Medicines used for the treatment of swine flu, malaria and HIV appear to have helped in the treatment of at least two coronavirus patients in Rajasthan, doctors and health officials in the state have told to the reporter.
Doctors at the Sawai Mansingh Medical College in Jaipur say they have noted the progress in treating an Italian couple who were admitted on February 28 with coronavirus with a combination of the anti-viral drugs and “are now on the road to recovery”.
“First they used malaria drug chloroquine and swine flu medicines and then HIV drugs which is part of protocol for restricted health use, it’s a published paper. It seems to be working,” Rohit Singh, Rajasthan Health Secretary, said.
Coronavirus infections have generally been known to have a high recovery rate and have been linked to deaths in 3.4 per cent cases, according to the World Health Organisation or WHO.
While the Italian woman admitted at the SMS Medical Collegehas already tested negative for coronavirus after over two weeks of treatment, her 69-year-old husband has “responded very well” to the treatment by the team of doctors despite a history of lung diseases, officials said.
Doctors at the hospital say their experience in treating patients affected by swine flu which had spread widely in Rajasthan two years ago was useful.
They have shared their experiences with the Indian Council of Medical Research (ICMR) – the top body in India for the formulation, coordination and promotion of biomedical research – but say it is too early to conclusively say that this is the scientifically established line of treatment for coronavirus. For that, more trials will be required.
“The Italian patient reported to us on the 28th. He is a senior citizen, 69 years of age, with a history of lung disease, breathlessness, and we were worried about him,” Dr Sudhir Bhandari, SMS Medical College principal said.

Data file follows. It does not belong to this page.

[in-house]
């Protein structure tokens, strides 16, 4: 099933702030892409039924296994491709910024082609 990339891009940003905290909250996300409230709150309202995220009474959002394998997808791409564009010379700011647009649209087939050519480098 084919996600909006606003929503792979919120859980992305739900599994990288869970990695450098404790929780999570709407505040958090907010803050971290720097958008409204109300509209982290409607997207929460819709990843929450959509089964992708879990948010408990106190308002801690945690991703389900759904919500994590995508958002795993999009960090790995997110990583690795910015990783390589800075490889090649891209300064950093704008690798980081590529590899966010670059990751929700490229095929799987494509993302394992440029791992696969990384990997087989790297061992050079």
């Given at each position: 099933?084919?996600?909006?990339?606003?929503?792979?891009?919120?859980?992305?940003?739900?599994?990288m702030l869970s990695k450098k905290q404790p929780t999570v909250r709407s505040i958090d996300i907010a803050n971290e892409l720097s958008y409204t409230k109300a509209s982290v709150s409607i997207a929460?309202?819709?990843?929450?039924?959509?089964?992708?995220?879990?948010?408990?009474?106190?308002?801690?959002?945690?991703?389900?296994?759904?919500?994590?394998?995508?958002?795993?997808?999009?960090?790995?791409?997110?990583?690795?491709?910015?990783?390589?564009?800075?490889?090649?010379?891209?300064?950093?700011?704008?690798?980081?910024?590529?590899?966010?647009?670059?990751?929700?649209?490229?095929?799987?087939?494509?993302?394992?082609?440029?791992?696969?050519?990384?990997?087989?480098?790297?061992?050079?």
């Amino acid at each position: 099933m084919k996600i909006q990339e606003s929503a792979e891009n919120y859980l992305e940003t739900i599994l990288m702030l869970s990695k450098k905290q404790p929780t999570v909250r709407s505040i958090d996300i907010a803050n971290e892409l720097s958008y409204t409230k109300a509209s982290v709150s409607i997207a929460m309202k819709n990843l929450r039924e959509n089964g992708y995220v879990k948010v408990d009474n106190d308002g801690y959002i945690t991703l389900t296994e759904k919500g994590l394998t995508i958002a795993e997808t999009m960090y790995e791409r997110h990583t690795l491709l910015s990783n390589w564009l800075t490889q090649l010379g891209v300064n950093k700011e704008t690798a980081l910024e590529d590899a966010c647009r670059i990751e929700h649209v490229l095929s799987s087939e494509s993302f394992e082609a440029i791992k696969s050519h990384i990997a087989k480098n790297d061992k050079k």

“We have been handling swine flu – which is a similar pulmonary pneumonia and fatality causing disease – for the last few years. So we knew how viral pneumonia behaves. So we had a meeting to strategies our approach to these patients. We checked up literature and there was a definite clue. We could use the same drug – one was Oseltamivir which we use for swine flu. We even used an anti-malarial drug and two more drugs that can be used against coronavirus,” he added.
The COVID-19 outbreak began in a market in China’s Wuhan in December last year and has claimed over 5,000 lives and infected 1.3 lakh people since. The World Health Organization has declared it a “pandemic”.
India is also grappling with the disease, with over 80 positive coronavirus cases and two deaths. The government has declared the novel coronavirus outbreak in the country a “notified disaster”, in a move it called “a special one-time dispensation”, to contain the spread of the infectious virus.
The centre has also cancelled tourist visas. Several states, in their fight against the deadly disease, have closed down schools, colleges, shopping malls and movie halls to prevent its spread.